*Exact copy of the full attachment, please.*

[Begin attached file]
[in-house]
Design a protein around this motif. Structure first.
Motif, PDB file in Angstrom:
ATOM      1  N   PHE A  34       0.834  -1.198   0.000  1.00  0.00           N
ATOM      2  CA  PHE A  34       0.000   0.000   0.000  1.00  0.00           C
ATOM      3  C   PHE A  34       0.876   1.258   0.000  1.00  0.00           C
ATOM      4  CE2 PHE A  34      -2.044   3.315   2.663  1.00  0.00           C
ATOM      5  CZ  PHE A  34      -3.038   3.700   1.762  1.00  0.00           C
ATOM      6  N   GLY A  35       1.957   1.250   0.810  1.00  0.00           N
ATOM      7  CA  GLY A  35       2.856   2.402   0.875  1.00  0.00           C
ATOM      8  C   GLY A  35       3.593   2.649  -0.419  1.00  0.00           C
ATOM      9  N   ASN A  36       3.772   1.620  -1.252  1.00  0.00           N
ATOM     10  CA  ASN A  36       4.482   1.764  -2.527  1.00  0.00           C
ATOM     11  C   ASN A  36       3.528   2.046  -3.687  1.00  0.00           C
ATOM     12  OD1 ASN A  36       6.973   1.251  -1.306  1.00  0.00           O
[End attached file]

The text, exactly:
[in-house]
Design a protein around this motif. Structure first.
Motif, PDB file in Angstrom:
ATOM      1  N   PHE A  34       0.834  -1.198   0.000  1.00  0.00           N
ATOM      2  CA  PHE A  34       0.000   0.000   0.000  1.00  0.00           C
ATOM      3  C   PHE A  34       0.876   1.258   0.000  1.00  0.00           C
ATOM      4  CE2 PHE A  34      -2.044   3.315   2.663  1.00  0.00           C
ATOM      5  CZ  PHE A  34      -3.038   3.700   1.762  1.00  0.00           C
ATOM      6  N   GLY A  35       1.957   1.250   0.810  1.00  0.00           N
ATOM      7  CA  GLY A  35       2.856   2.402   0.875  1.00  0.00           C
ATOM      8  C   GLY A  35       3.593   2.649  -0.419  1.00  0.00           C
ATOM      9  N   ASN A  36       3.772   1.620  -1.252  1.00  0.00           N
ATOM     10  CA  ASN A  36       4.482   1.764  -2.527  1.00  0.00           C
ATOM     11  C   ASN A  36       3.528   2.046  -3.687  1.00  0.00           C
ATOM     12  OD1 ASN A  36       6.973   1.251  -1.306  1.00  0.00           O